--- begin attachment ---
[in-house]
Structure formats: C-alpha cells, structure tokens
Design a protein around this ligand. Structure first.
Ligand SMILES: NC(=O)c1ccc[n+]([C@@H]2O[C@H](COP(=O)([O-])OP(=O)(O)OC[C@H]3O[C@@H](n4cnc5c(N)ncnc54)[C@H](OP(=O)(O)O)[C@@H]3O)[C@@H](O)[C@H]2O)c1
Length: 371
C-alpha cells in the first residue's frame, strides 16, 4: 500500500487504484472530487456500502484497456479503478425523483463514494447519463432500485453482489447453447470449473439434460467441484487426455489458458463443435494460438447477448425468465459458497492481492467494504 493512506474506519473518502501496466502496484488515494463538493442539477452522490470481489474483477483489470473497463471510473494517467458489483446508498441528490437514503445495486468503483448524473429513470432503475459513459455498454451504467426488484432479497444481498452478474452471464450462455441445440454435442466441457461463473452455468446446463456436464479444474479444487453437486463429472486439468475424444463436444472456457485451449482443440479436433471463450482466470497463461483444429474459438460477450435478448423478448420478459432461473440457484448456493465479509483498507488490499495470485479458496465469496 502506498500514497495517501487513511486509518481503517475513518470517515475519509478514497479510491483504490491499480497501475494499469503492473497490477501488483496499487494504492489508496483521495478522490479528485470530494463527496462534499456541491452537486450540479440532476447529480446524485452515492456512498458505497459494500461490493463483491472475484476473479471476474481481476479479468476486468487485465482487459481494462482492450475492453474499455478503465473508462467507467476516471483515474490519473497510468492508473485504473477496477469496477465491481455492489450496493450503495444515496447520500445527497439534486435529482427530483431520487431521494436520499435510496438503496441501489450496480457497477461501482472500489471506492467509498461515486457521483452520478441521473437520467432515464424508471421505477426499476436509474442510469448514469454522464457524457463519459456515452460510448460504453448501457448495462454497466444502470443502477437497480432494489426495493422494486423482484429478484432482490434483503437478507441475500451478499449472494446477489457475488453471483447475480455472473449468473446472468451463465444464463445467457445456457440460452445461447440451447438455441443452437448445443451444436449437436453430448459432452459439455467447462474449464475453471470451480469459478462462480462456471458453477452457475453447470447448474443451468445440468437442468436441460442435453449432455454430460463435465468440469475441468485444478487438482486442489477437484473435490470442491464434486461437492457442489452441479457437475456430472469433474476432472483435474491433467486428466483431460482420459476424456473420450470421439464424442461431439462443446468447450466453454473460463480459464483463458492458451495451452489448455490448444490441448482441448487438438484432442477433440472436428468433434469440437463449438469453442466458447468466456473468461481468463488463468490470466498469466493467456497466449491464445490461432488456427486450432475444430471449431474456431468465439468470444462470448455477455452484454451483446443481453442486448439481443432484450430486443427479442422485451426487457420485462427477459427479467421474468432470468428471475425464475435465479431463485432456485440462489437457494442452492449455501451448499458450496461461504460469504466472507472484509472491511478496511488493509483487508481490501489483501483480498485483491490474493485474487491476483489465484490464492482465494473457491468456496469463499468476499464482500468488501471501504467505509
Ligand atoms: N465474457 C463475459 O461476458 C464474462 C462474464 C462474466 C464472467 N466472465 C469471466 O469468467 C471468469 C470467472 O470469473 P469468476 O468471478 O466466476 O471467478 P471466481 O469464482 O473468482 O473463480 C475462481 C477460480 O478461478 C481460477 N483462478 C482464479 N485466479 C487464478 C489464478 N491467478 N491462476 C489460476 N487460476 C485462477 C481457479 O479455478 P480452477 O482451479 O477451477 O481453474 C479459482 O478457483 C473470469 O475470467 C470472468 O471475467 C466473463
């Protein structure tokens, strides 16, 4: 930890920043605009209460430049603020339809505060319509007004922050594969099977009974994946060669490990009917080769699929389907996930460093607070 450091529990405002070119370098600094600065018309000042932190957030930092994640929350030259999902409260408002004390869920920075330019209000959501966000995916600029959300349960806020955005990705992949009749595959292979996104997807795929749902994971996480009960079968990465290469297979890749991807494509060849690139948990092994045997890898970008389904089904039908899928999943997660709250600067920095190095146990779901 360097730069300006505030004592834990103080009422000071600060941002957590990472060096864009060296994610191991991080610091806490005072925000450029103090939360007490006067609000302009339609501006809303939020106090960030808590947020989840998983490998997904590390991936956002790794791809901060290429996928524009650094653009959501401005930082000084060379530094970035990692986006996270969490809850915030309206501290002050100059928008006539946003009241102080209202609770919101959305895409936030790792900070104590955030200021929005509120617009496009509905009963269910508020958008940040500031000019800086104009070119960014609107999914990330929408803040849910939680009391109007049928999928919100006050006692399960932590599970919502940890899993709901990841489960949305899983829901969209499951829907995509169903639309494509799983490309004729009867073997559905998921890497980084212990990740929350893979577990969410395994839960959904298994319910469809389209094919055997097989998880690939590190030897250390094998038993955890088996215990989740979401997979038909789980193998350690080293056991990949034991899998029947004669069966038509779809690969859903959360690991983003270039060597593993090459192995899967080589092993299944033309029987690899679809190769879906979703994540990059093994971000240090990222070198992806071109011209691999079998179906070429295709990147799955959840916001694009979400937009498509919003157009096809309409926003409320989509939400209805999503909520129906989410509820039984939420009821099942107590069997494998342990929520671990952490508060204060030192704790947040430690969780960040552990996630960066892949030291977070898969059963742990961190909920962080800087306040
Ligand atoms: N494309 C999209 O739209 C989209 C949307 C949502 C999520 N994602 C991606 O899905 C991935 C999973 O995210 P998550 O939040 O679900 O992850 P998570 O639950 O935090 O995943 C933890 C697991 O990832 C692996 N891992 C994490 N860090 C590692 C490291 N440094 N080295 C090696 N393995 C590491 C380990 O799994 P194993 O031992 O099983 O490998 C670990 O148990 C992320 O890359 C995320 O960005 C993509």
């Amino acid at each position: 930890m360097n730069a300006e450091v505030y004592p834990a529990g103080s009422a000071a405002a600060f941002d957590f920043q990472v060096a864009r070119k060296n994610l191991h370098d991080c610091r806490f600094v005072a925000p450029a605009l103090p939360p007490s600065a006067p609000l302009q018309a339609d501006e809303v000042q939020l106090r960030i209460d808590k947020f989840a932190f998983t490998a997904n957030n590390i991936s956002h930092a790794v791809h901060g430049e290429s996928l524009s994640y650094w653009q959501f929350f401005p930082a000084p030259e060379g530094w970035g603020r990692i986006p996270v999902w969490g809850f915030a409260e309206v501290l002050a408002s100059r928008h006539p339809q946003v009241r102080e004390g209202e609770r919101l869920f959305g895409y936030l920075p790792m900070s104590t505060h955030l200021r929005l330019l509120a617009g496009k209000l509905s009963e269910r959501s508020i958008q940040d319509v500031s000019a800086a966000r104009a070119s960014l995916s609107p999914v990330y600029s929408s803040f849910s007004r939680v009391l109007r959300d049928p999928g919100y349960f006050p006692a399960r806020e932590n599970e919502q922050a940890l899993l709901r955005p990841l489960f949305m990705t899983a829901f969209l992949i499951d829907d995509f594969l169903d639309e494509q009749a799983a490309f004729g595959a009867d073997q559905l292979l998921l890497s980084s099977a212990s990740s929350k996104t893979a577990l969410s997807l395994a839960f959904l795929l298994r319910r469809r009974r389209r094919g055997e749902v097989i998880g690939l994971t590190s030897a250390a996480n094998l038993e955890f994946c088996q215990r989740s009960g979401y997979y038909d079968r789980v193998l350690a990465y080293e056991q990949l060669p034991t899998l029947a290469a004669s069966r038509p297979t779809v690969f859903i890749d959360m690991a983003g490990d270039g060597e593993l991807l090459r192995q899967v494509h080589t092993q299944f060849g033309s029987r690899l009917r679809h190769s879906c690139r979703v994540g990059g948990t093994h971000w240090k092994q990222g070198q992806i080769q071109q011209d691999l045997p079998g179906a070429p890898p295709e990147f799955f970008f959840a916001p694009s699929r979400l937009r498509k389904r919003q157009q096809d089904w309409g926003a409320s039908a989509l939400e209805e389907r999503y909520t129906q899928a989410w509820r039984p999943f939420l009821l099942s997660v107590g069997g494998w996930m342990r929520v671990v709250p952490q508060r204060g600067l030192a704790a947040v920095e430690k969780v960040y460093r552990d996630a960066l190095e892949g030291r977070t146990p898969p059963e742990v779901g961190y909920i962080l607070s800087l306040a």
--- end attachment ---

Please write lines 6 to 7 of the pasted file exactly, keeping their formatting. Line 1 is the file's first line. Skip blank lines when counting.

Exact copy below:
C-alpha cells in the first residue's frame, strides 16, 4: 500500500487504484472530487456500502484497456479503478425523483463514494447519463432500485453482489447453447470449473439434460467441484487426455489458458463443435494460438447477448425468465459458497492481492467494504 493512506474506519473518502501496466502496484488515494463538493442539477452522490470481489474483477483489470473497463471510473494517467458489483446508498441528490437514503445495486468503483448524473429513470432503475459513459455498454451504467426488484432479497444481498452478474452471464450462455441445440454435442466441457461463473452455468446446463456436464479444474479444487453437486463429472486439468475424444463436444472456457485451449482443440479436433471463450482466470497463461483444429474459438460477450435478448423478448420478459432461473440457484448456493465479509483498507488490499495470485479458496465469496 502506498500514497495517501487513511486509518481503517475513518470517515475519509478514497479510491483504490491499480497501475494499469503492473497490477501488483496499487494504492489508496483521495478522490479528485470530494463527496462534499456541491452537486450540479440532476447529480446524485452515492456512498458505497459494500461490493463483491472475484476473479471476474481481476479479468476486468487485465482487459481494462482492450475492453474499455478503465473508462467507467476516471483515474490519473497510468492508473485504473477496477469496477465491481455492489450496493450503495444515496447520500445527497439534486435529482427530483431520487431521494436520499435510496438503496441501489450496480457497477461501482472500489471506492467509498461515486457521483452520478441521473437520467432515464424508471421505477426499476436509474442510469448514469454522464457524457463519459456515452460510448460504453448501457448495462454497466444502470443502477437497480432494489426495493422494486423482484429478484432482490434483503437478507441475500451478499449472494446477489457475488453471483447475480455472473449468473446472468451463465444464463445467457445456457440460452445461447440451447438455441443452437448445443451444436449437436453430448459432452459439455467447462474449464475453471470451480469459478462462480462456471458453477452457475453447470447448474443451468445440468437442468436441460442435453449432455454430460463435465468440469475441468485444478487438482486442489477437484473435490470442491464434486461437492457442489452441479457437475456430472469433474476432472483435474491433467486428466483431460482420459476424456473420450470421439464424442461431439462443446468447450466453454473460463480459464483463458492458451495451452489448455490448444490441448482441448487438438484432442477433440472436428468433434469440437463449438469453442466458447468466456473468461481468463488463468490470466498469466493467456497466449491464445490461432488456427486450432475444430471449431474456431468465439468470444462470448455477455452484454451483446443481453442486448439481443432484450430486443427479442422485451426487457420485462427477459427479467421474468432470468428471475425464475435465479431463485432456485440462489437457494442452492449455501451448499458450496461461504460469504466472507472484509472491511478496511488493509483487508481490501489483501483480498485483491490474493485474487491476483489465484490464492482465494473457491468456496469463499468476499464482500468488501471501504467505509
Ligand atoms: N465474457 C463475459 O461476458 C464474462 C462474464 C462474466 C464472467 N466472465 C469471466 O469468467 C471468469 C470467472 O470469473 P469468476 O468471478 O466466476 O471467478 P471466481 O469464482 O473468482 O473463480 C475462481 C477460480 O478461478 C481460477 N483462478 C482464479 N485466479 C487464478 C489464478 N491467478 N491462476 C489460476 N487460476 C485462477 C481457479 O479455478 P480452477 O482451479 O477451477 O481453474 C479459482 O478457483 C473470469 O475470467 C470472468 O471475467 C466473463